Late last night, we had a pretty loud thunderstorm. As Monkeyman has developed a moderate fear of thunderstorms, he immediately came running and crawled in bed with me. (Bug slept through the whole thing without a peep.) So we laid there in the dark, snuggled closely, and had a long whispered conversation about how lightning and thunder work, and how the light travels faster than the sound. To illustrate I began counting one-one-thousand, two-one-thousand, three-one-thousand and so on, from the flash until the arrival of the boom, to estimate how far away the storm was from us. About 15 miles was the fairly consistent result, and that seemed to help calm his fears a bit. A few minutes later we were still whispering and even giggling, and a few minutes after that... he drifted off to sleep.
There is something so lovely about being someone who is needed by a child for comfort, where just your physical presence and the sound of your voice close beside him can reassure him and make him feel safe. Of course, that same thought is also a little terrifying, because then you think - who would be there for him like this, if something were to happen to me? Becoming a parent makes you value yourself in a whole new way, and you acquire a self-protectiveness that you didn't previously have. But you quickly shove those thoughts far back in your mind and focus on the joy of the present moment where the world seems to consist only of the two of you in your little cocoon.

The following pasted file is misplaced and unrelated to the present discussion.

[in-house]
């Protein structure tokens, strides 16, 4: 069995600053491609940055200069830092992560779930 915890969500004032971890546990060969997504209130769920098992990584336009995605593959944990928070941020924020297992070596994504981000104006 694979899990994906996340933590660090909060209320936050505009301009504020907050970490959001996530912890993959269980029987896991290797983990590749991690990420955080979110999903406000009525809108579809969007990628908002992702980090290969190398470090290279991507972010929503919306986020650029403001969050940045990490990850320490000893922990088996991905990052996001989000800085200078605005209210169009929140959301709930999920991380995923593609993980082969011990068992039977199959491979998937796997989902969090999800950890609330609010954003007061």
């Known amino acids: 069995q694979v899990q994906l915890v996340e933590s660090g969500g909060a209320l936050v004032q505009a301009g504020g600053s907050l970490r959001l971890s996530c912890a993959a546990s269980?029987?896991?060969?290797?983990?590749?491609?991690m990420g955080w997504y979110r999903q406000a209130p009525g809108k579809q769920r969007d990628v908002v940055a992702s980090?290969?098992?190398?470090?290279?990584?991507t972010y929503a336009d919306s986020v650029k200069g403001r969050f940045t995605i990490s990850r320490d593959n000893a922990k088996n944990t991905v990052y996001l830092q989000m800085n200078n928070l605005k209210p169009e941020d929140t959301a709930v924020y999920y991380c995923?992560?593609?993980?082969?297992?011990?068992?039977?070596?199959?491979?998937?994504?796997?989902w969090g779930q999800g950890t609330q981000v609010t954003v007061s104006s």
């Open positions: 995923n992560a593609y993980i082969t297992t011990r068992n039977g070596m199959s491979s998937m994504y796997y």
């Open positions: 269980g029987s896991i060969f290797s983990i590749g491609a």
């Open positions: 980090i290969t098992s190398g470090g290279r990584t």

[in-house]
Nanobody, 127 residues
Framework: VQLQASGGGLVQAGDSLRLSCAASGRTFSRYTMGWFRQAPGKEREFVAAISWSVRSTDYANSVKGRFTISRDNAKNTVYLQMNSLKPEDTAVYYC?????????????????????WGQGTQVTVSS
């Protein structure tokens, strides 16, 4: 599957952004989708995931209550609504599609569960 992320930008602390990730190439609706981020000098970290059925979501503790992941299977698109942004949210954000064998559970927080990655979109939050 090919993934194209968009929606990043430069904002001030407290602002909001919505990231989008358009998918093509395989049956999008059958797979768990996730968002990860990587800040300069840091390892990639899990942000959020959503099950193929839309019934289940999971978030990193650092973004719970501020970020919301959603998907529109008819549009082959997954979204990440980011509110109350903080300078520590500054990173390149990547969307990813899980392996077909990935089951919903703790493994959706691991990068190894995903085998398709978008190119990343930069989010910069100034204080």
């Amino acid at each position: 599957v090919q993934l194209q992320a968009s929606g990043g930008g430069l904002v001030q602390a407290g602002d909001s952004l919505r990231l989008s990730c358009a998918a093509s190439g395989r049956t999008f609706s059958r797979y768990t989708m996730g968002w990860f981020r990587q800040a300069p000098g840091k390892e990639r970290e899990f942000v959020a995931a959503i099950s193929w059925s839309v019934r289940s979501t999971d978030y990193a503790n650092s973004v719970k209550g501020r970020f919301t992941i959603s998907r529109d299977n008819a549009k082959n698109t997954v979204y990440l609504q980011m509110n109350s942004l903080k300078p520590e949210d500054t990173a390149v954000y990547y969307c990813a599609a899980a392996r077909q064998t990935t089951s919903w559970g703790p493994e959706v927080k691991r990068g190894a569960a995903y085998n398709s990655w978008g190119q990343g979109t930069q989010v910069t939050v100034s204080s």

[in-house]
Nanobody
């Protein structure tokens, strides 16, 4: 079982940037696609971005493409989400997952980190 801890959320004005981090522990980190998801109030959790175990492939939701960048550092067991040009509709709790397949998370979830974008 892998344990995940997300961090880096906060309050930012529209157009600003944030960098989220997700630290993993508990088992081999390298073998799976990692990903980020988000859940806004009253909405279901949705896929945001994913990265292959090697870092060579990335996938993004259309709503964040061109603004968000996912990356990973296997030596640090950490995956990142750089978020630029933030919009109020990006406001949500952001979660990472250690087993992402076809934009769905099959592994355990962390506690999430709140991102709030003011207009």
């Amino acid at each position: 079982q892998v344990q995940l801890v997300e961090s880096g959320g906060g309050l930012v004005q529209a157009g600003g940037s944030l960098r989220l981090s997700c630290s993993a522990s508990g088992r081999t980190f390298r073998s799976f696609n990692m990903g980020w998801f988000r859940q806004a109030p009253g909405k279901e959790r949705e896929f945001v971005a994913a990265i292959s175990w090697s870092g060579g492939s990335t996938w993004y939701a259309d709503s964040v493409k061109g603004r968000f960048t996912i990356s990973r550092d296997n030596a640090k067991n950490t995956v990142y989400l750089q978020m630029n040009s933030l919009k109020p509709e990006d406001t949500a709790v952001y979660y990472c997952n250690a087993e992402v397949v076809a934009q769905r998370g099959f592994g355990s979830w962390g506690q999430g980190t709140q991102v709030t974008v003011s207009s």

That is, until your poor husband comes in wanting to go to bed, and finds the boy sprawled across his spot. Sorry you were stuck on the couch last night, dear!